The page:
Jack De Gan, Harbor Advisory CIO, weighs in on General Electric's turnaround strategy and its deal to acquire French firm Alstom. It's a good step towards making GE a more industrialize enterprise, says Larry Bossidy, former Honeywell chairman & CEO.» Read More
General Electric and Military Families at Syracuse University are developing a reference guide that employers can use to help them more effectively recruit and mentor veterans.
*White House slams Welch tweet as "ludicrous". BOSTON/ WASHINGTON, Oct 5- Jack Welch, the lionized former chairman of General Electric Co, provoked cries of outrage in Washington on Friday when he appeared to accuse the White House of manipulating September job figures for political gains.
Relative to the S&P 500, General Electric should give investors 'at least' double the return over the next two years, Jack De Gan, Harbor Advisory CIO told CNBC Friday.
"Veterans have led in the field; they can lead in a factory or research facility. Veterans believe in getting the job done and doing it in the right way," writes GE Chairman and CEO Jeff Immelt.
Debating whether the President's jobs initiative will get Americans back to work, with Robert Reich, former Labor Secretary, and Steve Moore, "Return to Prosperity" author.
A group of corporate and labor leaders advising President Obama is calling for sweeping policy changes, from liberalized immigration and less restrictive regulations to a more business friendly tax system and greater infrastructure spending.
Debating whether there is crony capitalism at play between GE and politicians, with James Pethokoukis, AEI economics columnist, and David Webb, Tea Party 365 co-founder.
Jeffrey Immelt, General Electric chairman/CEO called for a national urgency on jobs during his interview on CBS "60 Minutes" last night. Discussing whether part of the employment problem could be that teenagers are avoiding getting the skills needed for blue collar jobs, with David Roberts, Carlisle Companies CEO.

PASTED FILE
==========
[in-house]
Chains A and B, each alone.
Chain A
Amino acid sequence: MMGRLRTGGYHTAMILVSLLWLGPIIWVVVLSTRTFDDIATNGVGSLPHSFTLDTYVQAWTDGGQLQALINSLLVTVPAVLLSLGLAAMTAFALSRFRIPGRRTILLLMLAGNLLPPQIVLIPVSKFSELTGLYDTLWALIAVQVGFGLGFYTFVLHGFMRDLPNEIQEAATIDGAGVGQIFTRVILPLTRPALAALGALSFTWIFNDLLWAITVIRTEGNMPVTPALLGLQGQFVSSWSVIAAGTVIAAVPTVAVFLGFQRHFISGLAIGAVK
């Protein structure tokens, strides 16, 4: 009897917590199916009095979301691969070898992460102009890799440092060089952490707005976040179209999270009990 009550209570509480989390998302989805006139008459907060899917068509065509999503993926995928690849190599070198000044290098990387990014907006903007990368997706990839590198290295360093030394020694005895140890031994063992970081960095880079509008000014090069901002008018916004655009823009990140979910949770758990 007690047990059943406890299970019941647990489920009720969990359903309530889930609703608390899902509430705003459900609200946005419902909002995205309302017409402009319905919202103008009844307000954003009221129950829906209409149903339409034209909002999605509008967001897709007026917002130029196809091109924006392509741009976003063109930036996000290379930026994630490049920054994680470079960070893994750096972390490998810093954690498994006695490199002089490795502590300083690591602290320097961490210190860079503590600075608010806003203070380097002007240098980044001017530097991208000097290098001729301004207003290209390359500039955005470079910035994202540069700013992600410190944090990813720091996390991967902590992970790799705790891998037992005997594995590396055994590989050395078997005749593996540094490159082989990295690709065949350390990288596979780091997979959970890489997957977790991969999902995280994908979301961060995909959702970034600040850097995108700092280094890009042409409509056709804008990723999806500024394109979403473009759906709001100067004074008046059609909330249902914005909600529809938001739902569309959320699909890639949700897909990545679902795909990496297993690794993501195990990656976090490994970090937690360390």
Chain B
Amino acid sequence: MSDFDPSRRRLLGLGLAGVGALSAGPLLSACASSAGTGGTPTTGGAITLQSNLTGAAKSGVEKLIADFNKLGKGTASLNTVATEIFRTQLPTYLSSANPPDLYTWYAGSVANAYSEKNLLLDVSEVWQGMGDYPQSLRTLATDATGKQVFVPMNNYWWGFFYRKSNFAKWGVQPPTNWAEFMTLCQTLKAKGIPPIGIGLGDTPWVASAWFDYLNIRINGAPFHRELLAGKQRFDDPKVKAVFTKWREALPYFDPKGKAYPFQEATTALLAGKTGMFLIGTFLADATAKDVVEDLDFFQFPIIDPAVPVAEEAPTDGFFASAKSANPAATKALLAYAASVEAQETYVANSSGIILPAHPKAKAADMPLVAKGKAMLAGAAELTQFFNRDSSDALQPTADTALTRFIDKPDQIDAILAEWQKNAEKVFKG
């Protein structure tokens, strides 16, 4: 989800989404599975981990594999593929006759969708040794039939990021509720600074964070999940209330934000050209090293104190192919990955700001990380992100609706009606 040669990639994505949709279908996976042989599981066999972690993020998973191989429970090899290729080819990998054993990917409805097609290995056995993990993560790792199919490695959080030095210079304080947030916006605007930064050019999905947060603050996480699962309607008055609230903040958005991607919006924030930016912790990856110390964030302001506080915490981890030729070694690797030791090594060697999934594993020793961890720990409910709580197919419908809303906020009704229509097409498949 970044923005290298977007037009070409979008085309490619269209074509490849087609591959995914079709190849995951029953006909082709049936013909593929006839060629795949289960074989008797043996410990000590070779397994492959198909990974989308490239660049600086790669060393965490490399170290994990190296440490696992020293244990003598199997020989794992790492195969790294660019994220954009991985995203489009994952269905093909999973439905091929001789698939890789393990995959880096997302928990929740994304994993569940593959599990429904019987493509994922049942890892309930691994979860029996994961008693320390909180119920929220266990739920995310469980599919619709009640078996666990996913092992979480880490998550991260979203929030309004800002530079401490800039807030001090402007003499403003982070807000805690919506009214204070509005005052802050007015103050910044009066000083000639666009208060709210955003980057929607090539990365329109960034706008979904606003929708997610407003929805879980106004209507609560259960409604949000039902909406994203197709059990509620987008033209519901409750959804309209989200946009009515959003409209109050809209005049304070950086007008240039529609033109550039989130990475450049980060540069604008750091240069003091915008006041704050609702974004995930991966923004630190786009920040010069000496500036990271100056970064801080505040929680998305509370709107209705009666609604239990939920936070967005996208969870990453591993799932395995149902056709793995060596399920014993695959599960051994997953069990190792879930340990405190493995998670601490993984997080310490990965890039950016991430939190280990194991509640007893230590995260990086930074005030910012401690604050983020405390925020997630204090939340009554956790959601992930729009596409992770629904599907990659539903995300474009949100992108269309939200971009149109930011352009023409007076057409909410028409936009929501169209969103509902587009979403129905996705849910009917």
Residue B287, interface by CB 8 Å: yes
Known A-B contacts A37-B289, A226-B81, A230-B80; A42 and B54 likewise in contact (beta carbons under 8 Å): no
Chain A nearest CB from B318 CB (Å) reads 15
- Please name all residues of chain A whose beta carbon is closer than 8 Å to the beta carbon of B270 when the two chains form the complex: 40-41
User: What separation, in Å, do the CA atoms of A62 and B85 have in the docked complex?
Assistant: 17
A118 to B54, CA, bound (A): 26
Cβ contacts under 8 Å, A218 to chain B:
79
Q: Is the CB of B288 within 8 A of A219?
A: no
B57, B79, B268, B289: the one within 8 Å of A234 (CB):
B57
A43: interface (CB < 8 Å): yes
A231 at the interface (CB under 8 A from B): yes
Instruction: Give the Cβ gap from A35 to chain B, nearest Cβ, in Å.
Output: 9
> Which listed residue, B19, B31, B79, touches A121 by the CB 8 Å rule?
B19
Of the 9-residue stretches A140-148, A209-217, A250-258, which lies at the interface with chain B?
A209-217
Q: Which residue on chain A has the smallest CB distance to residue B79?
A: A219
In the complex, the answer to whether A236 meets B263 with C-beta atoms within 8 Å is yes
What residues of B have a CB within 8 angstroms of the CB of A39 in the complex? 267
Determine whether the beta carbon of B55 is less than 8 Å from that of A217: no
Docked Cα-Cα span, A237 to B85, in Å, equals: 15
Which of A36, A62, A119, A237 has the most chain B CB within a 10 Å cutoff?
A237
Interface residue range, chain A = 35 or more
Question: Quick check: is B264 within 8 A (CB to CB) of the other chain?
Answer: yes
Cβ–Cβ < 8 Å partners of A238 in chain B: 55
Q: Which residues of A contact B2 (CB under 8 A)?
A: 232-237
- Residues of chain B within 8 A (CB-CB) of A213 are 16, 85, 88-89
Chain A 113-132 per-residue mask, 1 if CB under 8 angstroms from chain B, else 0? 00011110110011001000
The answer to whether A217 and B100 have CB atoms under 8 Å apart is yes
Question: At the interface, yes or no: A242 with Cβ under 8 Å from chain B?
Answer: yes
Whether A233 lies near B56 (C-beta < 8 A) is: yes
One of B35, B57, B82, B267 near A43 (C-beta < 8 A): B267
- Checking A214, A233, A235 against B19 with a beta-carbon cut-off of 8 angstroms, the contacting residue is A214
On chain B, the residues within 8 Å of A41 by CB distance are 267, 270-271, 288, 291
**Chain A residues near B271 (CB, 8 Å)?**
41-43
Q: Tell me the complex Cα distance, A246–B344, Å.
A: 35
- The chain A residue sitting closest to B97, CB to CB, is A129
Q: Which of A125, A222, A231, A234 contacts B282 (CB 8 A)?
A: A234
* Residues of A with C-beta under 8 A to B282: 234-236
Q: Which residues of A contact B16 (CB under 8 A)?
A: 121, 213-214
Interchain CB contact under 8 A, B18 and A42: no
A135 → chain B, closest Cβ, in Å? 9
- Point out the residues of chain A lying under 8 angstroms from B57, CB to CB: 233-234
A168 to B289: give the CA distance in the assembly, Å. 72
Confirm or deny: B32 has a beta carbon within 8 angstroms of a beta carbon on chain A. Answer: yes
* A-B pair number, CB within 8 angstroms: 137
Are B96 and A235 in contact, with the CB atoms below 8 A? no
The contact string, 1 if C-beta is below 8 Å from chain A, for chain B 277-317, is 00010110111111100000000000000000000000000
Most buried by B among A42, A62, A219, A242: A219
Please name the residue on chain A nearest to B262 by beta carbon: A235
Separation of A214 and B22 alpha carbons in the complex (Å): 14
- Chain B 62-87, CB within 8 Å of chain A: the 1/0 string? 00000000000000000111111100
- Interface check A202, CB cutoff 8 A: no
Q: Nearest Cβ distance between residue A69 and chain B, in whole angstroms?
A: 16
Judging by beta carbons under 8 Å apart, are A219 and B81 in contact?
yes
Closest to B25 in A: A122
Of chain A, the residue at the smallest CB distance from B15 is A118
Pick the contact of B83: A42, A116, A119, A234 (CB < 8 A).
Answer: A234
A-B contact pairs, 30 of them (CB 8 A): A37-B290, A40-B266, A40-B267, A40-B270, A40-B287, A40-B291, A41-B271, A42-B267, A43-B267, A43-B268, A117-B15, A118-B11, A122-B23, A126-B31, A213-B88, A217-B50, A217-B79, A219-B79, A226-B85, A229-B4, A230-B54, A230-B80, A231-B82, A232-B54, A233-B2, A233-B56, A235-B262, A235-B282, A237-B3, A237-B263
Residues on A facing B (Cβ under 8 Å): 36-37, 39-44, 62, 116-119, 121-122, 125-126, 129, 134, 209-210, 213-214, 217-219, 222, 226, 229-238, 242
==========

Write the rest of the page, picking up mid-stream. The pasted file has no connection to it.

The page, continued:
To get its confidence back, America needs less regulation and more innovation even if that means some failed ventures using taxpayer money, General Electric Chairman Jeff Immelt told CNBC Thursday.
The most important thing right now is confidence, says Jeffrey Immelt, General Electric chairman/CEO, with a look at what will actually work in the President's jobs plan.
Changing regulations are a massive impediment towards American corporate competitiveness, says blogger Yoshikami.
CNBC's Mary Thompson with highlights of her interview with GE's chairman and his thoughts on the economy and jobs.
Is it time for corporate leaders to stop blaming the government on jobs and start putting workers back on their payrolls, with Gordon Bethune, former Continental Airlines chairman/CEO, and Christian Weller, Center for American Progress.
The jobs picture has become so tough that some j0bs that used to get shipped overseas can now come back to the U.S., said GE CEO Jeff Immelt.
GE CEO Jeff Immelt talks to CNBC's Mary Thompson about the economy and demand for the company's products around the world.
President Barack Obama will nominate businessman John Bryson to lead the Commerce Department, a White House official said Tuesday.
The Robin Hood Foundation wants to raise $40 million to help homeless veterans in New York City at its annual gala tonight, Executive Director David Saltzman told CNBC Monday.
Citi hosts shareholders following Pandit's first profitable year, while closing arguments continue in the trial of Raj Rajaratnam. But, with the holiday-shortened week, the pupu platter of earnings is the story Thursday. Here's what we're watching…
General Electric, the nation’s largest corporation, had a very good year in 2010. The company reported worldwide profits of $14.2 billion, and said $5.1 billion of the total came from its operations in the United States. Its American tax bill? None. In fact, G.E. claimed a tax benefit of $3.2 billion.
Immelt has been appointed to the new Council on Jobs and Competitiveness, which replaces the disbanded Paul Volcker Economic Recovery Advisory Board. Immelt was a member of that original board. Now he has a more elevated position in the Obama 2.0, allegedly pro-business, move-to-the-center Clintonesque White House.